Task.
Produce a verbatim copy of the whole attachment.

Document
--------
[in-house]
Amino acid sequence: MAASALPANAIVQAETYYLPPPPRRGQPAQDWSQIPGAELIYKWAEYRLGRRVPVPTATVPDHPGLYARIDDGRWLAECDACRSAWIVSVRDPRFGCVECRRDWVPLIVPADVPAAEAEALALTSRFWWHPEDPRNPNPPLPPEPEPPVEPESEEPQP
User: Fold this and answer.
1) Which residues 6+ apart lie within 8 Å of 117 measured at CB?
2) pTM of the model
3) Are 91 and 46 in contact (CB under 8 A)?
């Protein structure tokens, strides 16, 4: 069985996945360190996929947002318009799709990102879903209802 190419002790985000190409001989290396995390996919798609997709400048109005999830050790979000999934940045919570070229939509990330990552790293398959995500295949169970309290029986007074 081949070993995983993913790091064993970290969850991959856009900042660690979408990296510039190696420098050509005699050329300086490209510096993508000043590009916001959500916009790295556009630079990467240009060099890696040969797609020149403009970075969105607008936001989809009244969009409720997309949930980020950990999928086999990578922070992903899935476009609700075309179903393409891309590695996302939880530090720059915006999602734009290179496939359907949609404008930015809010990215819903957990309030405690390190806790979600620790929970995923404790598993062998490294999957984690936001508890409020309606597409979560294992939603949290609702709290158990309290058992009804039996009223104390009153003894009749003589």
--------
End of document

[in-house]
Amino acid sequence: MAASALPANAIVQAETYYLPPPPRRGQPAQDWSQIPGAELIYKWAEYRLGRRVPVPTATVPDHPGLYARIDDGRWLAECDACRSAWIVSVRDPRFGCVECRRDWVPLIVPADVPAAEAEALALTSRFWWHPEDPRNPNPPLPPEPEPPVEPESEEPQP
User: Fold this and answer.
1) Which residues 6+ apart lie within 8 Å of 117 measured at CB?
2) pTM of the model
3) Are 91 and 46 in contact (CB under 8 A)?
């Protein structure tokens, strides 16, 4: 069985996945360190996929947002318009799709990102879903209802 190419002790985000190409001989290396995390996919798609997709400048109005999830050790979000999934940045919570070229939509990330990552790293398959995500295949169970309290029986007074 081949070993995983993913790091064993970290969850991959856009900042660690979408990296510039190696420098050509005699050329300086490209510096993508000043590009916001959500916009790295556009630079990467240009060099890696040969797609020149403009970075969105607008936001989809009244969009409720997309949930980020950990999928086999990578922070992903899935476009609700075309179903393409891309590695996302939880530090720059915006999602734009290179496939359907949609404008930015809010990215819903957990309030405690390190806790979600620790929970995923404790598993062998490294999957984690936001508890409020309606597409979560294992939603949290609702709290158990309290058992009804039996009223104390009153003894009749003589």